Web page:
the Colaborative Inc

Visitor Market Research Study

Client: Market Research, Inc.

Site: Springfield, Massachusetts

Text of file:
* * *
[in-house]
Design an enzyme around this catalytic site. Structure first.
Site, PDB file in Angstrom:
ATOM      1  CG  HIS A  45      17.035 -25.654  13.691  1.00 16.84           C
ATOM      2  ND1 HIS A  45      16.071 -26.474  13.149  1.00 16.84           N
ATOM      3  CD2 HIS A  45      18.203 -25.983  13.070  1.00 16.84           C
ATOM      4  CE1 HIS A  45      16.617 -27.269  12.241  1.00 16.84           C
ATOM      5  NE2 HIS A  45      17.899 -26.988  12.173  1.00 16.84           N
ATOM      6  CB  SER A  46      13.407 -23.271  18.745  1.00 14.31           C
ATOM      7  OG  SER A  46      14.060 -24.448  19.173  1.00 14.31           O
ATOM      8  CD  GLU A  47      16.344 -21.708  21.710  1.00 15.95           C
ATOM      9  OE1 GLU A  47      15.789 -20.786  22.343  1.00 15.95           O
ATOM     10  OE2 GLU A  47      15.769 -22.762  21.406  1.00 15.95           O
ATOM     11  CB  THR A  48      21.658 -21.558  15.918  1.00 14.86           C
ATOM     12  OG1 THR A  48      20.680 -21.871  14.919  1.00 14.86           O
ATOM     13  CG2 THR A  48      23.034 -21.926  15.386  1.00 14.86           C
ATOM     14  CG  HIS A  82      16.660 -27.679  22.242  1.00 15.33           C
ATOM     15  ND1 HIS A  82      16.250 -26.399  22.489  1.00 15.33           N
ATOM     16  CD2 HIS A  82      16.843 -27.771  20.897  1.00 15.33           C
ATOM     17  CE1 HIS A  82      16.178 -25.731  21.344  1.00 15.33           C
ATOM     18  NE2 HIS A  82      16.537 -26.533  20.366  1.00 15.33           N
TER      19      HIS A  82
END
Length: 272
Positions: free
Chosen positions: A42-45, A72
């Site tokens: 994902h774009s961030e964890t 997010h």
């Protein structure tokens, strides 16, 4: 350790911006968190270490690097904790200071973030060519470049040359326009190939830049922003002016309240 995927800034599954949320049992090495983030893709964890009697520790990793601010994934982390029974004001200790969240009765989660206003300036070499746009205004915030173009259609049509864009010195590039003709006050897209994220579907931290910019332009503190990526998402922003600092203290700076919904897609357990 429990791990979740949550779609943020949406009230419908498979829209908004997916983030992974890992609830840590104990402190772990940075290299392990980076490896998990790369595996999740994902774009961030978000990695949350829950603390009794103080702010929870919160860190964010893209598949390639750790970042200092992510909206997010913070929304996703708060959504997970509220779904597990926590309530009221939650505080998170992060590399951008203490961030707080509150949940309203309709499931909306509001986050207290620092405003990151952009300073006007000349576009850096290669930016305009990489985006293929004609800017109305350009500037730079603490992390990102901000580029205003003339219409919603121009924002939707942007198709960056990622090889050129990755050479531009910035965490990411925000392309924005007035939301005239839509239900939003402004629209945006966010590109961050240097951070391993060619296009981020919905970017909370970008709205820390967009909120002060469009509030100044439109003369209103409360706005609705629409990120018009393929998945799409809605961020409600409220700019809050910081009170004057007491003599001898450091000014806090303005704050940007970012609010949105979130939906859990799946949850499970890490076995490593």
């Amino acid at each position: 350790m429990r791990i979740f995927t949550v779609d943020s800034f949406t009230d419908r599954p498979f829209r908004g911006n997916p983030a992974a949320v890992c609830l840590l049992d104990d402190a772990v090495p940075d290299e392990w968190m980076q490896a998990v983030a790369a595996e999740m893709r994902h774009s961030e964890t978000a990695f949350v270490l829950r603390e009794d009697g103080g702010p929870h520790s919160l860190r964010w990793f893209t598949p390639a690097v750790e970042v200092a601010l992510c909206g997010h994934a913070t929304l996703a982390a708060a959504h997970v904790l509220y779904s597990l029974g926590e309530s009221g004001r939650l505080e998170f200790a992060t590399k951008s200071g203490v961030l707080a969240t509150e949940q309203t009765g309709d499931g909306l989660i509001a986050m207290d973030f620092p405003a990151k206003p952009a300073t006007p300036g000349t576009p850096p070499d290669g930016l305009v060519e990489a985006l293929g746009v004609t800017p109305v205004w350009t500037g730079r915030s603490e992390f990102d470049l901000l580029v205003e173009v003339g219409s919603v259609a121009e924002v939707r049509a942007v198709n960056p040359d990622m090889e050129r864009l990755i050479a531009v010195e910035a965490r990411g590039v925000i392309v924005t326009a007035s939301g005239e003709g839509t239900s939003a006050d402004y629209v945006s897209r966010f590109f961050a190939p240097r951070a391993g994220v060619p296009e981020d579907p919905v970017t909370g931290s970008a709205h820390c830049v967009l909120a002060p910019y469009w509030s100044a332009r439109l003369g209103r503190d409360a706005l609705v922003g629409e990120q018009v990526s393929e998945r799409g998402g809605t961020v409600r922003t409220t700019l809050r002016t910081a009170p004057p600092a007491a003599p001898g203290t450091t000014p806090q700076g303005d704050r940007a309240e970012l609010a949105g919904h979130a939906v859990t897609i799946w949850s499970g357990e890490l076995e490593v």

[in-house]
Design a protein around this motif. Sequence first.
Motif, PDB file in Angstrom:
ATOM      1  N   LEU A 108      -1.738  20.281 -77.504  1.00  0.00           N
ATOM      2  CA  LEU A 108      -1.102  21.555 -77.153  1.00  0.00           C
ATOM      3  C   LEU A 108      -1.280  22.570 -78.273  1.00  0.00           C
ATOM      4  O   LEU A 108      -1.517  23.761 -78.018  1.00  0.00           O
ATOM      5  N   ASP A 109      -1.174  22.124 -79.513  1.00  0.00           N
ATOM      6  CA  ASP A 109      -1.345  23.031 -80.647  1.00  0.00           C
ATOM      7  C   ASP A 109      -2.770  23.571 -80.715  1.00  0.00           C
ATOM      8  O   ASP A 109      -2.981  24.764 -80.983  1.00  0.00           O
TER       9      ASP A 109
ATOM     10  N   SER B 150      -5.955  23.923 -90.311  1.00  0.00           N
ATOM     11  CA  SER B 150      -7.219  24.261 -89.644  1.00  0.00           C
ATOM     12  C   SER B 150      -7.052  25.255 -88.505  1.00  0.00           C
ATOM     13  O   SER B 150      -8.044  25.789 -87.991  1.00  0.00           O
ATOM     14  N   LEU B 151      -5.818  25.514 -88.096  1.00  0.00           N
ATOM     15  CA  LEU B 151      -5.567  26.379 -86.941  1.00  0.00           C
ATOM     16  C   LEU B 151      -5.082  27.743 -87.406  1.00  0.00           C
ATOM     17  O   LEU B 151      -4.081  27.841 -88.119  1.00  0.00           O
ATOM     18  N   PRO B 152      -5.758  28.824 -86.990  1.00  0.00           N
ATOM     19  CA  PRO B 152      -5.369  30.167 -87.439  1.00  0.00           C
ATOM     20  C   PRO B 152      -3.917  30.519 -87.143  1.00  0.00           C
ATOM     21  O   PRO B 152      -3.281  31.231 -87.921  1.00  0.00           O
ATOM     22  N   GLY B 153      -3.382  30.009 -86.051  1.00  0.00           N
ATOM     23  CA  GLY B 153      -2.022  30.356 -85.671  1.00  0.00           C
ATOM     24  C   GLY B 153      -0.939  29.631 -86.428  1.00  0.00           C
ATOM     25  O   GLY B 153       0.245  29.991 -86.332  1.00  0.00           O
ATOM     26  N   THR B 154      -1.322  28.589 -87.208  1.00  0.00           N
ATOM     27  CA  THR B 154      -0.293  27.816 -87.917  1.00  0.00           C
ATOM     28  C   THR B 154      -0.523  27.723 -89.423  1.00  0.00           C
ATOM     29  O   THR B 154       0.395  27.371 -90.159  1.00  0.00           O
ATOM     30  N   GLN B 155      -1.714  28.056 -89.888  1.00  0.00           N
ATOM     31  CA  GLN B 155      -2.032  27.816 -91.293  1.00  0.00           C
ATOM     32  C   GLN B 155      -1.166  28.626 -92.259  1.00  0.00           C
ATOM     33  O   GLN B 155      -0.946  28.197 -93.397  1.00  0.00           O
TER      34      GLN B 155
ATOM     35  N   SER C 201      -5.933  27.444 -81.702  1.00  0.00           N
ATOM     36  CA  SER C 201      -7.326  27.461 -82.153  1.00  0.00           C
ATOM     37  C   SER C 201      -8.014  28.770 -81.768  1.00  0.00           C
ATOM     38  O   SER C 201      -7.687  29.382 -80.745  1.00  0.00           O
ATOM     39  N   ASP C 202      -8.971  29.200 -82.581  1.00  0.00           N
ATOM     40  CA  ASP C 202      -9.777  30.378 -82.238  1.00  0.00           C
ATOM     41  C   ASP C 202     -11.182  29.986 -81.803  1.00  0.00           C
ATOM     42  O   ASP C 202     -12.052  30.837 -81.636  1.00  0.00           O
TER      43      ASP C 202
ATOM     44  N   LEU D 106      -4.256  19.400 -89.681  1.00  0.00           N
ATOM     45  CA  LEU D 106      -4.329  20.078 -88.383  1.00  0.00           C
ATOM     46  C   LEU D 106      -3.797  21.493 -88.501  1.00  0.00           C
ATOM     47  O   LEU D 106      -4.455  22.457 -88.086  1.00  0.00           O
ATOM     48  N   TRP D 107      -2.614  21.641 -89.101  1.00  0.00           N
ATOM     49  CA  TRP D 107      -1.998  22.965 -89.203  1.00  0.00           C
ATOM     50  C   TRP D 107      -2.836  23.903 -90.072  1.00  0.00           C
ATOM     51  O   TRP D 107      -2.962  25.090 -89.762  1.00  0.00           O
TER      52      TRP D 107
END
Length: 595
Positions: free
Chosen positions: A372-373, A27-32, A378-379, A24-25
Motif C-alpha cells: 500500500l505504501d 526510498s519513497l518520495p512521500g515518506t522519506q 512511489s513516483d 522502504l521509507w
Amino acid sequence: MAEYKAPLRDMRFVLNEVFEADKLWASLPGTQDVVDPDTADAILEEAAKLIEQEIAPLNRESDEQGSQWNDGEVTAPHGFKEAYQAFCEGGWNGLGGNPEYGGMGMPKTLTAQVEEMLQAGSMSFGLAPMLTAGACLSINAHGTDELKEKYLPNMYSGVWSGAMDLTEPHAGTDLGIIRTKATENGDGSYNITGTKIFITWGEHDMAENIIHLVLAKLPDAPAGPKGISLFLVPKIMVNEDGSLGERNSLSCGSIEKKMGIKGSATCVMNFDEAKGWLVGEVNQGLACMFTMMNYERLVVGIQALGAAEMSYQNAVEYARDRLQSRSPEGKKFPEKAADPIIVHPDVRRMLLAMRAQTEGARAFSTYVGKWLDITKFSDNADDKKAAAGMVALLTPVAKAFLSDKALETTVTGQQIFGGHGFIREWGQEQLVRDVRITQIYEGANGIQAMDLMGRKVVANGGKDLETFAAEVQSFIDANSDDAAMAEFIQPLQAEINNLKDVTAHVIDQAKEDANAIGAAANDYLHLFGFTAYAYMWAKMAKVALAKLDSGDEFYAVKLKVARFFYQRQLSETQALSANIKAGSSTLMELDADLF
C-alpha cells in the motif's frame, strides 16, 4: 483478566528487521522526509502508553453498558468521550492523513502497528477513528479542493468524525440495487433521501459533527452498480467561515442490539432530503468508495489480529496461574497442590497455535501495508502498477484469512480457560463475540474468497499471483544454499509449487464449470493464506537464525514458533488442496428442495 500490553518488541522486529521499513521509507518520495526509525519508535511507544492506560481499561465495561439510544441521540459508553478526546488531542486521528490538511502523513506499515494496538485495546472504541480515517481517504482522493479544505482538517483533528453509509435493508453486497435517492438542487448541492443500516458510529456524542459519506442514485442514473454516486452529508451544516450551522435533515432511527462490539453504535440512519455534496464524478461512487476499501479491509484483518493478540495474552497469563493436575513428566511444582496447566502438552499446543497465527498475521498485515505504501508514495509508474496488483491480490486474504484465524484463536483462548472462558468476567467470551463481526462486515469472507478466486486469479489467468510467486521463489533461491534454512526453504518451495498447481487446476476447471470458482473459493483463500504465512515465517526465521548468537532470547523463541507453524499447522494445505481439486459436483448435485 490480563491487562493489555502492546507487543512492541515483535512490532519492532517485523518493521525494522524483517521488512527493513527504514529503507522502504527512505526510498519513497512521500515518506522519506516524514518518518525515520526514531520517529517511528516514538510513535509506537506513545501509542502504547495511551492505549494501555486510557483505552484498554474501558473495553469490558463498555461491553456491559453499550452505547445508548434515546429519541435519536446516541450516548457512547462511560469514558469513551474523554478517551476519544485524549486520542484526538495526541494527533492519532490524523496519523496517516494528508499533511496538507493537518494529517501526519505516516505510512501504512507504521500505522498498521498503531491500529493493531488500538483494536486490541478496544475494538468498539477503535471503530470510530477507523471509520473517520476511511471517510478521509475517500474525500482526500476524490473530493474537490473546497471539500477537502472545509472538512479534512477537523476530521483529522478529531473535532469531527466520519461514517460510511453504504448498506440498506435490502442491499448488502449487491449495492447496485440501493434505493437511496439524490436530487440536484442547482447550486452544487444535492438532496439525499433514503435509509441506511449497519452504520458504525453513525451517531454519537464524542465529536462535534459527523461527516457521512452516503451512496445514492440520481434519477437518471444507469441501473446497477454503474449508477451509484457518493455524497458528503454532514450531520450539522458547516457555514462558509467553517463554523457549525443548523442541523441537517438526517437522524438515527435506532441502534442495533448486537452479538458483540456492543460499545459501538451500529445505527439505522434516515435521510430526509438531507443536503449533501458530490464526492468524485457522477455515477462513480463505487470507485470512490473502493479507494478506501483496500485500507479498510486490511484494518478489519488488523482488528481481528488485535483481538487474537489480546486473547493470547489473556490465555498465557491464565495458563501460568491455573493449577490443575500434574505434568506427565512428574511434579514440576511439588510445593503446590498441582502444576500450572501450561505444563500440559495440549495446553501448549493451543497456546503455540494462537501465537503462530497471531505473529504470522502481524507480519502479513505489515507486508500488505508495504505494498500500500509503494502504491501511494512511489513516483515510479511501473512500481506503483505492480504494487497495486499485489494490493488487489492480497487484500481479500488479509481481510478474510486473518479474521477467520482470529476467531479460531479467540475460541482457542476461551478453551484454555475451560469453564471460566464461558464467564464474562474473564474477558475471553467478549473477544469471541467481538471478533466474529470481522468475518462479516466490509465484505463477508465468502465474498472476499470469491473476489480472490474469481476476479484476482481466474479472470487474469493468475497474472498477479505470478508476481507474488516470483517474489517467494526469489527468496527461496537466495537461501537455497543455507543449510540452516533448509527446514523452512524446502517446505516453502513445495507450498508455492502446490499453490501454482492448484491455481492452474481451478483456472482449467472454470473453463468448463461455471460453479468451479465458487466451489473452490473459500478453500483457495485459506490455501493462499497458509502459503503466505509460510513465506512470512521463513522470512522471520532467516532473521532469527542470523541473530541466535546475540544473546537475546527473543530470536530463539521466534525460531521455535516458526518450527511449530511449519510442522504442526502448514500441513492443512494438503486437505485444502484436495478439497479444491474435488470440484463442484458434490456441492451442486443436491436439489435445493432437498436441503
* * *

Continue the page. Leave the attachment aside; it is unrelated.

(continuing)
Springfield, Massachusetts, the second largest city in the state, is both blessed with a rich cultural heritage, and suffers from an economic downturn. Much of the city’s cultural heritage is based upon its inventiveness as a place of firsts. Springfield was an industrial manufacturing powerhouse until the mid to late-1800s. The objectives of the Collaborative’s study was to enhance the tourism economy of Springfield through the development of a strategic tourism plan. First, we identified the historic themes upon which the community could build. An evaluation of the exhibits of the seven existing museums was completed; two art museums, a science museum, one historic museum, the Indian Motorcycle Museum, the Springfield Armory National Historic Site (under the direction of the National Park Service), and finally, the Naismith Memorial Basketball Hall of Fame Museum. Our firm provided specific suggestions on how each of the above institution’s exhibits could be enhanced to increase and build visitor satisfaction. For this, we developed a series of Market Surveys that were then administered to local museum visitors and travelers to the area, as well as visitors to competing facilities that were within a two-hour radius of the Springfield area. Based upon the result of these surveys, a series of programs were developed in the areas of product enhancement, new developments, and overall marketing plans. As a result of our market analysis, several new museums were proposed for this region, these included: a Dr. Seuss Museum to honor Springfield native Theodore Geisel, a transportation museum to honor this city’s role as the birthplace of American automobile, railroad, and Indian Motorcycle manufacturing. Recommendations were also made for tourism infrastructure facilities, including the development of a Visitors Center, which was funded during the latter course by then Governor Weld, with a grant of $2 million. These new museums, along with the enhancements to existing museums, provided the foundation for the revitalization of Springfield’s tourism and new economic development policies.